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Friday, September 15, 2006

It Doesn't Make any Difference what US Law Says about Geneva

Editor & Publisher had a good piece yesterday:

Tony Snow conducted one of his most fascinating briefings today in his relatively short time as White House press secretary.

Most of it had to do with the administration's attempt to redefine -- or as it claims, simply make clearer -- certain key parts of the Geneva Convention's rules on torture and interrogation. In the course of it, Snow charged that former Secretary of State Colin Powell, who had just written a letter critical of this move, was "confused" about the matter, and several key GOP senators, including John McCain, similarly not on the right path.

That's right, everyone's all freaked out about torture and the Geneva Convention because the whole thing's so confusing. As E&P points out, "Geneva prohibitions have lasted almost 60 years without others feeling a crying need to clarify or re-define them." Apparently, everyone took stupid pills once we started this whole war on terror thing and now no one can understand something that's been considered unambiguous since it was last revised in 1949.

As Tony Snow helpfully pointed out, among the confused are Bush's former Secretary of State Colin Powell. Powell wrote, "the world is beginning to doubt the moral basis" for Bush's 'War on Terror'. Way to get right on that Colin. Powell's a little late to the truthtelling game. But better late than never.

The problem is, of course, that Geneva's a treaty. Any redefinition of what it says would be irrelevant. We can write in whatever we want, but international law will still stand. As part of Bush's push to redefine war crimes, it's pretty much useless anyway -- it doesn't make a damned bit of difference what the US says, a war crime is an international crime. Saddam Hussein can argue with absolute certainty that gassing the kurds was legal in Iraq.

And the rest of the world can ask, "so what?"


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Anonymous said...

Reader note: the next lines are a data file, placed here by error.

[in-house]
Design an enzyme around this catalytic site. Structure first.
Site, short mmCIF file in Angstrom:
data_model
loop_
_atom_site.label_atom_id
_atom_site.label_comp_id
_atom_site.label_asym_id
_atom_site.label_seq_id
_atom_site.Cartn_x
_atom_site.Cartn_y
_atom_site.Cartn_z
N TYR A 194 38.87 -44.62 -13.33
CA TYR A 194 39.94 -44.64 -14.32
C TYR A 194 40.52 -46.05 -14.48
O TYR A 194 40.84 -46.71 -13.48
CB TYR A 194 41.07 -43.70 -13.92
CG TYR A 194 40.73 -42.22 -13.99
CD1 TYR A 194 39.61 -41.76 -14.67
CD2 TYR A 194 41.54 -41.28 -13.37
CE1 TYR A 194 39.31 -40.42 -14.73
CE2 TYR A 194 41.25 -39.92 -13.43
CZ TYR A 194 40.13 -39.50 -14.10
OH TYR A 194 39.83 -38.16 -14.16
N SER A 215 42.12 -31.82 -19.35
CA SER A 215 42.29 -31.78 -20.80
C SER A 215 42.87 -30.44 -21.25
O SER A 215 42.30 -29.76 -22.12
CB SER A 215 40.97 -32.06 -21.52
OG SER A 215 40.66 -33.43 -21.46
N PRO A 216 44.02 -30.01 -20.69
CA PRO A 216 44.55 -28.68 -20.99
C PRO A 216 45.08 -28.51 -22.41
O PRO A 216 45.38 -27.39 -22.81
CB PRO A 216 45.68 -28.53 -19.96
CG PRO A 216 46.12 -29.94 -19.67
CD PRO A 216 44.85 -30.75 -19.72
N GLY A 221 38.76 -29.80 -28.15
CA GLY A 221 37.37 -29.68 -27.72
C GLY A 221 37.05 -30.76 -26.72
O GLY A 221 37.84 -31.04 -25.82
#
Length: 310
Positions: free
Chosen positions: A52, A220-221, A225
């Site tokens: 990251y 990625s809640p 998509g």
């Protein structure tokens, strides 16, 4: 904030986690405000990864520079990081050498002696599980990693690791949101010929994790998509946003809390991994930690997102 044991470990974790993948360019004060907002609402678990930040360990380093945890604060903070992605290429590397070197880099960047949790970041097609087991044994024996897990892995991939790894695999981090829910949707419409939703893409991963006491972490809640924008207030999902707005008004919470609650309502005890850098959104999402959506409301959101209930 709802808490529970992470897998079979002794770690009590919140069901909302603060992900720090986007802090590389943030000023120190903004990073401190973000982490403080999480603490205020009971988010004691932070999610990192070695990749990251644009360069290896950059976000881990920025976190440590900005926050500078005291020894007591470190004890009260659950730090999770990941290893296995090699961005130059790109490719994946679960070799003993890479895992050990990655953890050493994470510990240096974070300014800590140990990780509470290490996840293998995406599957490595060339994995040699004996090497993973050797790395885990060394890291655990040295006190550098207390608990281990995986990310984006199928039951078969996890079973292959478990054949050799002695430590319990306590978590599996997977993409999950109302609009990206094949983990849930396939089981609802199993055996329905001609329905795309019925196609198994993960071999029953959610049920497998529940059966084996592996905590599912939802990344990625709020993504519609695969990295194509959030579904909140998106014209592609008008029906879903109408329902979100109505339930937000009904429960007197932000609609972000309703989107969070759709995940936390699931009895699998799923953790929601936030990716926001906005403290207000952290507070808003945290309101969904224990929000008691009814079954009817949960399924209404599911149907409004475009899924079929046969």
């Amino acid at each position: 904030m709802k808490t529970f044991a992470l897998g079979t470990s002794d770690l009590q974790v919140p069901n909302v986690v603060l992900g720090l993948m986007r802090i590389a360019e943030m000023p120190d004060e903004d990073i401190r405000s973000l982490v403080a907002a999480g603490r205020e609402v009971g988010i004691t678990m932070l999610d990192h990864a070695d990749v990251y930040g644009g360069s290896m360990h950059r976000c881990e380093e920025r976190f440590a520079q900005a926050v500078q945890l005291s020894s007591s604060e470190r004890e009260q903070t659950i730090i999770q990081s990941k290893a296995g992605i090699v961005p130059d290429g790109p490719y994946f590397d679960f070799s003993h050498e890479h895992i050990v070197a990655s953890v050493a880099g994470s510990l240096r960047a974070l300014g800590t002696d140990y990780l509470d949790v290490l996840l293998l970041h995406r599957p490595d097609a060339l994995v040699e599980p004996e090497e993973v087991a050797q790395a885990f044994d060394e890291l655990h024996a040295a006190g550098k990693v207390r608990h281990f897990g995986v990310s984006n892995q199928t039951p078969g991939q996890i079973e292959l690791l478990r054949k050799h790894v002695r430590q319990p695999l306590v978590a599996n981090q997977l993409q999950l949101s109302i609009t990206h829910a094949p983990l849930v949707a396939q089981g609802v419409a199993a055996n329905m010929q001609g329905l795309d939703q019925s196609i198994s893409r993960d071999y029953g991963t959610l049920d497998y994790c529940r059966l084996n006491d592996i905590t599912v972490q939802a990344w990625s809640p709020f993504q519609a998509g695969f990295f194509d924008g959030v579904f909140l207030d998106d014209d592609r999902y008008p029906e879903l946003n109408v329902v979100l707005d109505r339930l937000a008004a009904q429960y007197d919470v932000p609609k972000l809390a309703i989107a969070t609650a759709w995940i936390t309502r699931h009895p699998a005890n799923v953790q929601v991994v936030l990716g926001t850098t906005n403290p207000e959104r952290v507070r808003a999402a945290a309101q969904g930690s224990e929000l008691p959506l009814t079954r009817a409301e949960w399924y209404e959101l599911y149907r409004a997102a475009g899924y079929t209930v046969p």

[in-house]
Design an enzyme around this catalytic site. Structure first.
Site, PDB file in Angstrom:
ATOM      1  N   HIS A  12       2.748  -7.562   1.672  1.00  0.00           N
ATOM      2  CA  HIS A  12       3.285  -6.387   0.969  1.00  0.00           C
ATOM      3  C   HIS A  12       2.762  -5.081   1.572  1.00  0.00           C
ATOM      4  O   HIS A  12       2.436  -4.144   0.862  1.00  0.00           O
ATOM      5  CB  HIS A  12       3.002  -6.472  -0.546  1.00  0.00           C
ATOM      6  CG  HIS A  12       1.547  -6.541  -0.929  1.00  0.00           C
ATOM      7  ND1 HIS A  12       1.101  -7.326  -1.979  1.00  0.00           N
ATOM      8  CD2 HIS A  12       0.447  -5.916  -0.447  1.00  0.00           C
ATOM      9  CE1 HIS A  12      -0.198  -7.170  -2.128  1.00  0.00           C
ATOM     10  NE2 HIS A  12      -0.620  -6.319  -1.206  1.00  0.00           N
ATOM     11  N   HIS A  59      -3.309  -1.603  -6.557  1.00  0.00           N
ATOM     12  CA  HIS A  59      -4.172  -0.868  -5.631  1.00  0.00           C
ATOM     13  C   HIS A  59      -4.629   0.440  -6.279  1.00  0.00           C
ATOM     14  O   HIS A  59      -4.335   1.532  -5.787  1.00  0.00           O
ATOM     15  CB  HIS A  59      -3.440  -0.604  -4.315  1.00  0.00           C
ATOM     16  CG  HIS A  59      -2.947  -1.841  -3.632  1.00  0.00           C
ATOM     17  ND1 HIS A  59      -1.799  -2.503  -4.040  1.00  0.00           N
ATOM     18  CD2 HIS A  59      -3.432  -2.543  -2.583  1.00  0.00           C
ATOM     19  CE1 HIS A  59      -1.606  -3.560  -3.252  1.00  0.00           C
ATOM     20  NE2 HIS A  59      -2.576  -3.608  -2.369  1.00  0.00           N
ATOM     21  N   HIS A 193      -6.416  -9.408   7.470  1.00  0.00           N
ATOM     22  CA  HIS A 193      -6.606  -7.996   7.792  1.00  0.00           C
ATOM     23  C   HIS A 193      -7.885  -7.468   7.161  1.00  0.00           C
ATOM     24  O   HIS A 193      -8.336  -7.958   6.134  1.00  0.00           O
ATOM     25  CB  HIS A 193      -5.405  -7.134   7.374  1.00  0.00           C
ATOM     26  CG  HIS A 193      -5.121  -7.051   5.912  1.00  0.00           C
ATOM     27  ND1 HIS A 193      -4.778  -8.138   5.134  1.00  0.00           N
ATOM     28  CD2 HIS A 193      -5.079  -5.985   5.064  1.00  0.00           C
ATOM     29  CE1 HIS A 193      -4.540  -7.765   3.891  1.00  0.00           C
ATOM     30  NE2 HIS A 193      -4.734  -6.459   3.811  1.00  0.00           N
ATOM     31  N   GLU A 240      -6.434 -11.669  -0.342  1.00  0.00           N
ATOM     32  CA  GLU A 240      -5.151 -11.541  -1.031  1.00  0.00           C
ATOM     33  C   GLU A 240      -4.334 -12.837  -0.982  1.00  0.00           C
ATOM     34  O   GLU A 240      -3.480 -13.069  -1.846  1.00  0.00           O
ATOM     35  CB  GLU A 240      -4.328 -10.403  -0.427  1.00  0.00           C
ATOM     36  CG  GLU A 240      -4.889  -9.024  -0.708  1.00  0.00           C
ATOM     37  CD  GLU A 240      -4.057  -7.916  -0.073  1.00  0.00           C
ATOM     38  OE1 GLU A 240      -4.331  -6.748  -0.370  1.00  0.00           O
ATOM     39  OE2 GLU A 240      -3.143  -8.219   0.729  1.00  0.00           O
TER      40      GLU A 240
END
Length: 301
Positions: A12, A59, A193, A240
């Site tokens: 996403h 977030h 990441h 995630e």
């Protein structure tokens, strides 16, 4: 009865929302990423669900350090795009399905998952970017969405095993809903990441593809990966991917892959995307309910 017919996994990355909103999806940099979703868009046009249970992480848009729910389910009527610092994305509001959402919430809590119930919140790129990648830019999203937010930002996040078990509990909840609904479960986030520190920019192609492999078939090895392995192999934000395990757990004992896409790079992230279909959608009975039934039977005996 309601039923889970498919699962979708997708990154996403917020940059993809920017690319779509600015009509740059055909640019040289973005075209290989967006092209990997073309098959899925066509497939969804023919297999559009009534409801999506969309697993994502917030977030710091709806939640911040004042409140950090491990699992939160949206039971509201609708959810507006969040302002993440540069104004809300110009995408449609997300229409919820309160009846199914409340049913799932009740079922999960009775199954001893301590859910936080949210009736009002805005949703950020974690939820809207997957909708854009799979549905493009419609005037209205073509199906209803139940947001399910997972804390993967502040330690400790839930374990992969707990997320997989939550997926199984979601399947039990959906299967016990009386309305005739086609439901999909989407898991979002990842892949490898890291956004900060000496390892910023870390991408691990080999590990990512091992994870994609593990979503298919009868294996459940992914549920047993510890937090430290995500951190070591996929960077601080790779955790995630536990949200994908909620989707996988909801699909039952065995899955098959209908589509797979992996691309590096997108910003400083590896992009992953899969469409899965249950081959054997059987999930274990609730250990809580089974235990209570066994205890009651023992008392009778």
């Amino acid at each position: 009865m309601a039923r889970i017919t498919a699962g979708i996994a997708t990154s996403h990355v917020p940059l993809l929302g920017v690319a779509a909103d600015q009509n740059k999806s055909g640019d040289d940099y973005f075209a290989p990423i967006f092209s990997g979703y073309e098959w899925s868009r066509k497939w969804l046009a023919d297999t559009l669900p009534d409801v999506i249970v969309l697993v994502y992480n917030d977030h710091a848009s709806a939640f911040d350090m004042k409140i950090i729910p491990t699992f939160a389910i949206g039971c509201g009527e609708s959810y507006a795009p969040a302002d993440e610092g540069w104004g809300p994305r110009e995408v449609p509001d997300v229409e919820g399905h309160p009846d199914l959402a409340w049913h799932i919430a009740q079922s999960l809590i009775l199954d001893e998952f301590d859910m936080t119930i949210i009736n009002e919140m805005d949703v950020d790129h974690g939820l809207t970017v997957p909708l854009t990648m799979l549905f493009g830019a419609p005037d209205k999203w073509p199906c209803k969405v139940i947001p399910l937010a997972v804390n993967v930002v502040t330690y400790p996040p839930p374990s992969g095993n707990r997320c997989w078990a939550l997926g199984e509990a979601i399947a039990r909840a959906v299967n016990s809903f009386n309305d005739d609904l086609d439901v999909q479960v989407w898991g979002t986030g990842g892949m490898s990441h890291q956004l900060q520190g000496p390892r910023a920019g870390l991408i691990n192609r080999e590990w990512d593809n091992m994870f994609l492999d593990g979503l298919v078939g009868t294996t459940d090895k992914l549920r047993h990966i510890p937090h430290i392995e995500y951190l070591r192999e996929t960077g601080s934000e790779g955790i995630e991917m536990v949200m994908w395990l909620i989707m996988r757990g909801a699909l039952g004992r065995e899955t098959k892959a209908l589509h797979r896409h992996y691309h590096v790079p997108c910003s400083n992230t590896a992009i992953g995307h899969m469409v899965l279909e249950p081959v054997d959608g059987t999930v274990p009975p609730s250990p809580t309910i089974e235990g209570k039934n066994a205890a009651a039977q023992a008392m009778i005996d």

Article 4 covers all conflicts not covered by Article 3 which are all conflicts of an international character. It defines prisoners of war to include:

4.1.1 Members of the armed forces of a Party to the conflict and members of militias of such armed forces

4.1.2 Members of other militias and members of other volunteer corps, including those of organized resistance movements, provided that they fulfill all of the following conditions:
that of being commanded by a person responsible for his subordinates;
* that of having a fixed distinctive sign recognizable at a distance (there are limited exceptions to this among countries who observe the 1977 Protocol I);
* that of carrying arms openly;
* that of conducting their operations in accordance with the laws and customs of war.

4.1.3 Members of regular armed forces who profess allegiance to a government or an authority not recognized by the Detaining Power.

4.1.4 Civilians who have non-combat support roles with the military and who carry a valid identity card issued by the military they support.

4.1.5 Merchant marine and the crews of civil aircraft of the Parties to the conflict, who do not benefit by more favourable treatment under any other provisions of international law.

4.1.6 Inhabitants of a non-occupied territory, who on the approach of the enemy spontaneously take up arms to resist the invading forces, without having had time to form themselves into regular armed units, provided they carry arms openly and respect the laws and customs of war.

4.3 makes explicit that Article 33 takes precedence for the treatment of medical personnel of the enemy and chaplains of the enemy.

Note that Protocol I - in part a partial exemption from the identification aspects - has explicitly not been ratified by the U.S., and per the Convention itself is non-binding until ratified.

Those are facts.

How then, do the Conventions apply to prisoners taken in the Afghanistan & Iraq fighting following the collapse of the governments?

Anonymous said...

At some point somebody will ask for extradition of the Neocon club, it does not matter how they will try and/or succeed to blur the law in the US.
It's a question of time.